“When the judges called third and second place, we didn’t expect to win, but then they called our names for first place and we were very surprised,” said Boutin and Dewey.
After garnering feedback from a panel of judges at the competition that consisted of professors, community leaders, tournament officials and Rhode Island Historical Society board members, students set to work on improving their projects ahead of the national competition. The competitors from NPS also attended National History Day Contest workshops after the state tournament to receive additional constructive comments.
“I’m editing slower this time,” said Weisz-Nesshoever on tweaking her documentary, “making everything perfect – taking the documentary apart and putting it back together. I’m chipping away at it every day.”
“We are focusing on our process paper, which is a list of our sources about our topic,” said Boutin and Dewey. “We are also fixing some of the details on our board. We aren’t nervous at all, we are more excited about the trip and the whole experience!”
“I’m taking into account all the suggestions from the judges at the state competition,” said Sabatino. “I feel like I’m an expert on the black plague now, I just did so much research.”
While the students will put their wits and creativity to the test against the best of the best this week, they will have been better off for participating in such a competition, whatever the results may be. When asked what they had learned about their area of study, the young historians of NPS provided detailed answers as to how their research had better shaped their interpretation of famous historical events, and how those events could be interpreted as both triumphant and tragic.
“First of all, everyone thinks it was started by rats, but it wasn’t, technically,” said Sabatino on the black plague. “It was fleas. Fleas passed the disease on to rats, who then gave it to humans.”
“There were actually some triumphs of the plague,” Sabatino continued. “Before it happened, the feudal system was in place and common people were pretty much all slaves. There was no social mobility whatsoever and it was like that because of the overcrowding. There was no middle class – you were either living it up or scrambling at the bottom. People were crammed into city walls of Europe. But the black death led to some elements of the Renaissance and Enlightenment beginning to form. Ideas of individualism and humanism began to spread after. A middle class was formed.”
“The history of child labor laws in this country relates to the theme of the competition this year because of the constant struggle and suffering of the children,” said Boutin and Dewey. “Many died, had serious injuries and/or illnesses. Through the activists and the laws that were established, the government was able to limit or completely ban child labor. We learned about how the children struggled every day and just how many of them affected there were.”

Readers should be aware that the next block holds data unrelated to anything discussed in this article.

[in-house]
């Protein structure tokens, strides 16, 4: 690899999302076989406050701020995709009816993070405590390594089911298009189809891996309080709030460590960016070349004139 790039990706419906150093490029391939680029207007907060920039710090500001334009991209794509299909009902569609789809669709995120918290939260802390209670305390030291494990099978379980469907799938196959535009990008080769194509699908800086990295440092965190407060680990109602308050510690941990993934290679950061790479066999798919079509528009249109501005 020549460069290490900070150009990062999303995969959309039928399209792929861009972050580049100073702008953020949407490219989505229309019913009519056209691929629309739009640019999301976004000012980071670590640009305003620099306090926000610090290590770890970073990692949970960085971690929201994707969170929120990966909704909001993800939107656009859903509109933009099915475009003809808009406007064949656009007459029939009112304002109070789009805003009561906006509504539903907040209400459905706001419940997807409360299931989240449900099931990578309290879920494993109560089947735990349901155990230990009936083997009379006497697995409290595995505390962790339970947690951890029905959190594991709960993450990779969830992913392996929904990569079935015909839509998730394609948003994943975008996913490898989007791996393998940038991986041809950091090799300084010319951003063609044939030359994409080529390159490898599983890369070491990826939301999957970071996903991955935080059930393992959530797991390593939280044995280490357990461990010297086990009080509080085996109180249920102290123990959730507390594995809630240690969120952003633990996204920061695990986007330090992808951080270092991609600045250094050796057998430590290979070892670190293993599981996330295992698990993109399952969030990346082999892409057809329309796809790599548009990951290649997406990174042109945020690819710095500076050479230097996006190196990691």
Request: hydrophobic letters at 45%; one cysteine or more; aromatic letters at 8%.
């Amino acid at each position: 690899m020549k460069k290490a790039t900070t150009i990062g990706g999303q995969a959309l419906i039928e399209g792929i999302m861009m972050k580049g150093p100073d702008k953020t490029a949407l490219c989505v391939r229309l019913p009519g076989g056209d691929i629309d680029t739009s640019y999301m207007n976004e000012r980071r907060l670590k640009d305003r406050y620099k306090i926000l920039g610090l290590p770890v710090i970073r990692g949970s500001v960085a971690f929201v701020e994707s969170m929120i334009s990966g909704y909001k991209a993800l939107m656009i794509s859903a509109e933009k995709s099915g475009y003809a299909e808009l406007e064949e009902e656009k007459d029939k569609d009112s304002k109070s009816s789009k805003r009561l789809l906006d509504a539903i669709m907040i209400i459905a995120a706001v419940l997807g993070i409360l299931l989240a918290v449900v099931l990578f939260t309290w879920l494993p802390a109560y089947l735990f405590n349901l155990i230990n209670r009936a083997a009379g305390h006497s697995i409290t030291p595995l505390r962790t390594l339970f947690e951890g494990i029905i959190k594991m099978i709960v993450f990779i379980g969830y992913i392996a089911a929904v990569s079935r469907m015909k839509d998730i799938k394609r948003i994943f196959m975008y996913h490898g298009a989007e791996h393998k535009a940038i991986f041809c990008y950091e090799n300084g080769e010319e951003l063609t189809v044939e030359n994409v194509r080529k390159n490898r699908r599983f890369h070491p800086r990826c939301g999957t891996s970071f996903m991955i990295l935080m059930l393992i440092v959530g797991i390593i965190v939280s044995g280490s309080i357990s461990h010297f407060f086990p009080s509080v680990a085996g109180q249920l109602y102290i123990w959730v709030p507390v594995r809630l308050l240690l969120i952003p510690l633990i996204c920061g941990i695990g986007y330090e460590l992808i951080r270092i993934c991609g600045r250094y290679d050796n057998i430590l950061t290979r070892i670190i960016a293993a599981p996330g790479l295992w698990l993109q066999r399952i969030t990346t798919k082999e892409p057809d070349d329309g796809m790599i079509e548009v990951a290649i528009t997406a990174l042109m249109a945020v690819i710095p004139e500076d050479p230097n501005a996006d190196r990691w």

“I knew that Israel was an important place – culturally, religiously, spiritually – but it’s kind of been portrayed as a country that only cares for itself now and is very discriminatory,” said Weisz-Nesshoever. “I think that can be true to some degree, but I think it started out as a very important place and I learned how important it was in those two or three years right after the Holocaust. [Israel] was kind of the world giving back, the world’s acknowledgment of how horrific the Holocaust was. There were some Arab countries that were completely against it, as were some Jews, who were skeptical.”
The eighth-grade scholars from Narragansett will showcase their projects at the University of Maryland throughout the week, going up against some 3,000 other students from schools across the country and Department of Defense schools abroad before heading back home.
National History Day (NHD) originated in 1974 in Cleveland, OH, as a way to address serious deficiencies in history education in public schools. The contest went national in 1980, and Rhode Island has been a participant since 1983. Not just a day, NHD is actually a year-long, project-based curricular enhancement program for students studying history in grades 6-12. The contest as a whole is actually international—it extends beyond schools in the 50 states to participating Department of Defense schools in American Samoa, China, Central America, Puerto Rico, Guam, Korea and South Asia. Over 500,000 students per year compete at various levels, which culminate in the finals at the University of Maryland (College Park) in June each year. To learn more, please visit nhd.org.
“It was a different experience than anything else in school,” concluded Sabatino on the competition. “For me, it was a great way to teach research skills and put them to use. Doing my project was about as much fun as school can get.”